Facing Impostor Syndrome using ACT

Facing Impostor Syndrome with Acceptance and Commitment Therapy (ACT)


Impostor syndrome is like that nagging voice inside your head telling you you're a fraud, that you don't deserve your achievements, and that you'll be exposed at any moment. It's a surprisingly common experience, especially among successful individuals. Therapy approaches often focus on challenging these negative and unhelpful thoughts, looking at the evidence for and against them, but Acceptance and Commitment Therapy (ACT) offers a different way of approaching the problem focusing on acceptance, defusion and values-driven action.

An ACT View of Impostor Syndrome

A Battle You Can't Win: ACT views the struggle against impostor thoughts as a losing battle. The more you try to fight them, the stronger they seem to become. It can leave you feeling exhausted and even more convinced that you're a fraud.

It's Normal: These thoughts and feelings are seen as normal, they are a part of life, a part of growth and stepping out of your comfort zone. Anytime you try to accomplish something you can feel inadequate, like you don't know what you're doing. Most people will experience this from time to time, especially in high-pressure situations, or in situations that really matter to them. Recognising that impostor syndrome is a common human experience, not a sign of personal failure, can be a powerful first step.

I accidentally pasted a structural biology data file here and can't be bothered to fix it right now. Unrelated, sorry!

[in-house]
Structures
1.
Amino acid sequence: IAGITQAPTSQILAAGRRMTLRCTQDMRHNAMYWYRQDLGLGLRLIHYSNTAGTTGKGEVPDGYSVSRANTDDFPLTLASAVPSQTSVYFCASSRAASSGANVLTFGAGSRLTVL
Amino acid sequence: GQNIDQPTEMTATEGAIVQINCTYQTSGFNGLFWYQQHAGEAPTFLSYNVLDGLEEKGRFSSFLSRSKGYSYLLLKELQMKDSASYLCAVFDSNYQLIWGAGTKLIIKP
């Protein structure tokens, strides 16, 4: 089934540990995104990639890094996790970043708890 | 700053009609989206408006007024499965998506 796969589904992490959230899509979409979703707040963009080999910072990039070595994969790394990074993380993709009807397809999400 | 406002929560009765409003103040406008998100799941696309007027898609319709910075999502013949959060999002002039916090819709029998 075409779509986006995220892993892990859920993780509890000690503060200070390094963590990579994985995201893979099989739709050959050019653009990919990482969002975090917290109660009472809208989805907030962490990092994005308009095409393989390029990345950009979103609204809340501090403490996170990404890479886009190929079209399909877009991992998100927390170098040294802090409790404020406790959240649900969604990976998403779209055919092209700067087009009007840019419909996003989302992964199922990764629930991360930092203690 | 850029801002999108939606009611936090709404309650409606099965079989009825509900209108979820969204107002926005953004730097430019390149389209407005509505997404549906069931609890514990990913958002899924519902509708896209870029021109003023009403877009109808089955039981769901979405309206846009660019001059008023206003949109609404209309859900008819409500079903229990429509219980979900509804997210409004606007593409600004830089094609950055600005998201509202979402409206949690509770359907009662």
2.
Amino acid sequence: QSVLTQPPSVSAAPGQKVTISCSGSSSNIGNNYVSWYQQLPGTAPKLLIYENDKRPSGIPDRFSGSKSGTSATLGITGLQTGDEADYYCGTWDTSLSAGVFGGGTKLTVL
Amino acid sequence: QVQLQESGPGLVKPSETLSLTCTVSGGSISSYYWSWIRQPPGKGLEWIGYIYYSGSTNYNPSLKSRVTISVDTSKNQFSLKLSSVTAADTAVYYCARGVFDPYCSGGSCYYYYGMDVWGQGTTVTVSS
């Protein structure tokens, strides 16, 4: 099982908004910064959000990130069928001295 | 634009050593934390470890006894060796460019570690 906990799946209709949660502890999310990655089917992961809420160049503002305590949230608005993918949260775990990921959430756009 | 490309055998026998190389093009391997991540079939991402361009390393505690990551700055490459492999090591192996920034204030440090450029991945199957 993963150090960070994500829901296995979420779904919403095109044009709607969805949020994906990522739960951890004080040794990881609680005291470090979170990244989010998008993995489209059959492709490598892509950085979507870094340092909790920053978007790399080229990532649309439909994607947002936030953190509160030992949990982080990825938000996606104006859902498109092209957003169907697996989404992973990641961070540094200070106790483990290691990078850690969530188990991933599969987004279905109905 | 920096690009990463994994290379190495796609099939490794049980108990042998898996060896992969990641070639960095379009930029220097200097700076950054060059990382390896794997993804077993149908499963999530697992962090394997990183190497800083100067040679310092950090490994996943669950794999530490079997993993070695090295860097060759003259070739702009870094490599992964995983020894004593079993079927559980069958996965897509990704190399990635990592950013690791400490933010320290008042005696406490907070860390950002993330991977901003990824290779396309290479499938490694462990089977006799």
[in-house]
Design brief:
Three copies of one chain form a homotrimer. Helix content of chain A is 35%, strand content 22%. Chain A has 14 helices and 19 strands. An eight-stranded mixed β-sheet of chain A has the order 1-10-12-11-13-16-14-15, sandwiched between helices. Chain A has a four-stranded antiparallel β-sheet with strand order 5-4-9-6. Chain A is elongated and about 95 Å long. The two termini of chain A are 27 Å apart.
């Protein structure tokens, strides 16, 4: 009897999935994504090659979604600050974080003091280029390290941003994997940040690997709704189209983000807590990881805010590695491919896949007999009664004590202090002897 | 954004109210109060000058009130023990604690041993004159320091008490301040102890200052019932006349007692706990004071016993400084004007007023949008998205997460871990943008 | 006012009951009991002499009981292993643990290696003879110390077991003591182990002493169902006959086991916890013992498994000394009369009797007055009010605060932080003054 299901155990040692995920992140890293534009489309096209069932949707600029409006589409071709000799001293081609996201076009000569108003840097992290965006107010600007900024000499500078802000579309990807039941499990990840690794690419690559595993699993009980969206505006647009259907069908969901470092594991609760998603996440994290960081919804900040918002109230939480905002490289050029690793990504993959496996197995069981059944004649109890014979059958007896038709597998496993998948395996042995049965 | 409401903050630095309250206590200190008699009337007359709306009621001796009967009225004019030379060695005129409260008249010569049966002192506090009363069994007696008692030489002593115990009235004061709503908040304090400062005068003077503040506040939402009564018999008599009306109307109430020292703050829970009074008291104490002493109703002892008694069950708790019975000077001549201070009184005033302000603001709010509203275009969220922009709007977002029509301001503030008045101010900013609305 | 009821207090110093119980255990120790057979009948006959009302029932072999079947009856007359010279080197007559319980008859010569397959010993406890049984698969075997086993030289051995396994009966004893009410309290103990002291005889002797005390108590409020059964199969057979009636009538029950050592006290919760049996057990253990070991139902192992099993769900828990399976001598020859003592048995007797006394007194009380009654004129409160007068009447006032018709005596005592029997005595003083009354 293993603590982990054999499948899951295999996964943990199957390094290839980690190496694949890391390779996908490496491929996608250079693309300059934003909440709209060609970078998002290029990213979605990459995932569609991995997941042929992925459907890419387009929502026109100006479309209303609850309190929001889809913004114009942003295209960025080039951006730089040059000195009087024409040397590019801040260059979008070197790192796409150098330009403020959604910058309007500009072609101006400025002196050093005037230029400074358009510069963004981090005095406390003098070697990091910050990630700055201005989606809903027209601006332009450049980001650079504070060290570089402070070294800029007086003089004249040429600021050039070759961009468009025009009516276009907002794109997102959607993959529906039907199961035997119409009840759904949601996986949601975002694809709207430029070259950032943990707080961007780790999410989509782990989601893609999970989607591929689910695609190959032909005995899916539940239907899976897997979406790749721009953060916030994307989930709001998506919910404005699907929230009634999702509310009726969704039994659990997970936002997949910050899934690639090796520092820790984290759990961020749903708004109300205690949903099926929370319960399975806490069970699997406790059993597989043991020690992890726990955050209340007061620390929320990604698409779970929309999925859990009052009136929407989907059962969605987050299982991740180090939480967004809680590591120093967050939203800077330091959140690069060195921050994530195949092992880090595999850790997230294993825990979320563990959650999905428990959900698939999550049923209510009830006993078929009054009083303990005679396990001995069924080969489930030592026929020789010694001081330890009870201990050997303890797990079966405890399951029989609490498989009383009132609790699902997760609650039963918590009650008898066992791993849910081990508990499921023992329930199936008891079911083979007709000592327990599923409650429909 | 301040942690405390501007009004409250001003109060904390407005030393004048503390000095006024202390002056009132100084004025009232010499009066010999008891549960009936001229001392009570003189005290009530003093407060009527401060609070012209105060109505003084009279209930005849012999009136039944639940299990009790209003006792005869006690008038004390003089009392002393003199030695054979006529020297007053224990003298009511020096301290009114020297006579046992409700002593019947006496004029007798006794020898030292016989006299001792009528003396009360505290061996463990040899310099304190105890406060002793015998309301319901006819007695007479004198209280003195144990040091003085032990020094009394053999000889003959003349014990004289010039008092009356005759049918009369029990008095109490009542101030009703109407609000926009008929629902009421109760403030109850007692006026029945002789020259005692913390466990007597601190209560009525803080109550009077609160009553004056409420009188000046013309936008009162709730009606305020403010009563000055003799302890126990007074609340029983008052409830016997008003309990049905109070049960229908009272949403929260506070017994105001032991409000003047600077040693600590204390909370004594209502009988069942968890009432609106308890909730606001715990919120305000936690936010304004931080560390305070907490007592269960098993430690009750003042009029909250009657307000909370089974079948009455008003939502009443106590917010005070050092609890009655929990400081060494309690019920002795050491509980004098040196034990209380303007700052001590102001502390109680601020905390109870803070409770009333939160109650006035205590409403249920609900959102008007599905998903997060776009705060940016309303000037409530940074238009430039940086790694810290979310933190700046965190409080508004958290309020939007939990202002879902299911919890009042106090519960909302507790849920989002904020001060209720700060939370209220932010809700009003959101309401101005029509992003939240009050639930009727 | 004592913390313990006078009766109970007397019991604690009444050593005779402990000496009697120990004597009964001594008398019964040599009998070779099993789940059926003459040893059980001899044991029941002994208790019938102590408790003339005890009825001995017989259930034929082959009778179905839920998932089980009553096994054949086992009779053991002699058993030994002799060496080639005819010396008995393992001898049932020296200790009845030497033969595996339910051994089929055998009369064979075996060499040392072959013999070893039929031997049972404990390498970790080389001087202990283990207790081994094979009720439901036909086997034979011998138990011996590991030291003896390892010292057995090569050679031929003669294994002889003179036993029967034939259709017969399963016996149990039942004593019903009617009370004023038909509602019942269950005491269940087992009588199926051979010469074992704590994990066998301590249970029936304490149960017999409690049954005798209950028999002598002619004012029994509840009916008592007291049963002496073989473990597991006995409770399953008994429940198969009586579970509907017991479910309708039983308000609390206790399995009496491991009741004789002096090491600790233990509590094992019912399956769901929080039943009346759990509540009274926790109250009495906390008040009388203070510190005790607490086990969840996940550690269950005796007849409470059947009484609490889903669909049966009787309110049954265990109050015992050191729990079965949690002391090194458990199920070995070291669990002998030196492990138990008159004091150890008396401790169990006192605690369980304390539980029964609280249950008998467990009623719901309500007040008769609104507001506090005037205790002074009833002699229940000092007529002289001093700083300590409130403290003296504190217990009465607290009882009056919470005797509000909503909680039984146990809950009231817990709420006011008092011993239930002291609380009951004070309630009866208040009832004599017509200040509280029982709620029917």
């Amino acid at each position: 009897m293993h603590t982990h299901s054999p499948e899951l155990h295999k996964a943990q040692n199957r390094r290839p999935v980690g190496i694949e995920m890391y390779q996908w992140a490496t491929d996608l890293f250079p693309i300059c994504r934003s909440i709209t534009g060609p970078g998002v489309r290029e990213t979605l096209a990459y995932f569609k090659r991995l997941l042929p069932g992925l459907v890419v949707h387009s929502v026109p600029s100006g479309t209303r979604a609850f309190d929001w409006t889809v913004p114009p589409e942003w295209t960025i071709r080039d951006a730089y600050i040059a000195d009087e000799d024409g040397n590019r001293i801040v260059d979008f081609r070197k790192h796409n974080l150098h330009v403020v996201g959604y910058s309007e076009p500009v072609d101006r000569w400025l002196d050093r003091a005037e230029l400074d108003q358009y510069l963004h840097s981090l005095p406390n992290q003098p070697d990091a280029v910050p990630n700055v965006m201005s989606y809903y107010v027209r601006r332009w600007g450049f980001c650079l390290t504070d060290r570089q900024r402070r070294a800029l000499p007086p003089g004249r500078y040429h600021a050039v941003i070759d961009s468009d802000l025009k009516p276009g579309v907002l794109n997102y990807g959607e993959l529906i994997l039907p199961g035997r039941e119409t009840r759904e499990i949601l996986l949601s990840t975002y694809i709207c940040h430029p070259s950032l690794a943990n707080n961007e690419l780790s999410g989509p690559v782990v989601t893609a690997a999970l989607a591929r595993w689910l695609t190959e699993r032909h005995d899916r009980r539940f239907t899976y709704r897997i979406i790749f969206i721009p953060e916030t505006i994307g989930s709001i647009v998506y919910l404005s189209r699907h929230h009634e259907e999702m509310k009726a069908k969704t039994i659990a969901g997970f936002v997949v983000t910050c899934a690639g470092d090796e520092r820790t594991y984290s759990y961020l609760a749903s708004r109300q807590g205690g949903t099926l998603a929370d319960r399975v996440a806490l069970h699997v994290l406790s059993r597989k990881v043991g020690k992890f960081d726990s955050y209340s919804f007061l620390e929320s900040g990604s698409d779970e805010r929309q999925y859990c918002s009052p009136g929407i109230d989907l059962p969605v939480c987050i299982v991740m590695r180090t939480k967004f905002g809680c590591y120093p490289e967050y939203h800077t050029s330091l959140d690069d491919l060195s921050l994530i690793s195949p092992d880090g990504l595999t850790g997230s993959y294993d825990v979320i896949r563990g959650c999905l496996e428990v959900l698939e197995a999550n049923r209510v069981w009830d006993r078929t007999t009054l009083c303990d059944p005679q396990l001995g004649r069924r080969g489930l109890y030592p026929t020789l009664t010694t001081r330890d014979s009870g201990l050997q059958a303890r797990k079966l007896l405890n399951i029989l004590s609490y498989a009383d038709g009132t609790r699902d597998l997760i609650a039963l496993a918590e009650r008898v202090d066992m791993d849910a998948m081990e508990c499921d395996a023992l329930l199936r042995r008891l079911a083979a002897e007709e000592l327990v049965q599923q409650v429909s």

Focus on Control: In ACT we shift the focus onto what you can control, namely your actions and how you choose to respond to these thoughts and feelings.

ACT Strategies To Manage Impostor Syndrome

Mindful Observation: Getting better at noticing and recognising these impostor thoughts and feelings, learning to step back and observe them with a sense of curiosity rather than getting swept up in them. Notice the sensations you experience in your body, the specific wording of the thoughts, and the emotions they trigger, creating a space between you and the thoughts. This helps reduce the impact and influence they are having over you.
Acceptance: Accept that these thoughts may always pop up - they are learned, automatic reactions that you do not choose nor control. Acceptance does not mean giving in to them or agreeing with them, taking them as fact, but rather acknowledging their presence as thought and feelings without engaging in a struggle.
Defusion: Learning to see these negative thoughts for what they are – just thoughts, not facts. Learning to label the thoughts, naming them, for example "Here's my impostor thought again" or thanking your mind for the thoughts.
Connecting with Your Values: Remind yourself of what's important to you, your personal values – what truly matters to you in work and life. What do you want to stand for as a person? What kind of person do you want to be?
Committed Action: Focus on taking actions aligned with your values, even in the face of those impostor thoughts. This could involve speaking up in a meeting, applying for a promotion, or connecting with a mentor. Engaging in meaningful and purposeful actions can help to build your confidence and reinforces your competence.

ACT doesn't try to eliminate your impostor fears, instead it teaches you to live alongside them. By developing and practicing acceptance and mindfulness, and aligning your actions with your values, you can build the resilience to move forward despite the nagging voice of self-doubt.

If you're struggling with impostor syndrome, working with an ACT therapist can help you learn these strategies and cultivate greater self-compassion.

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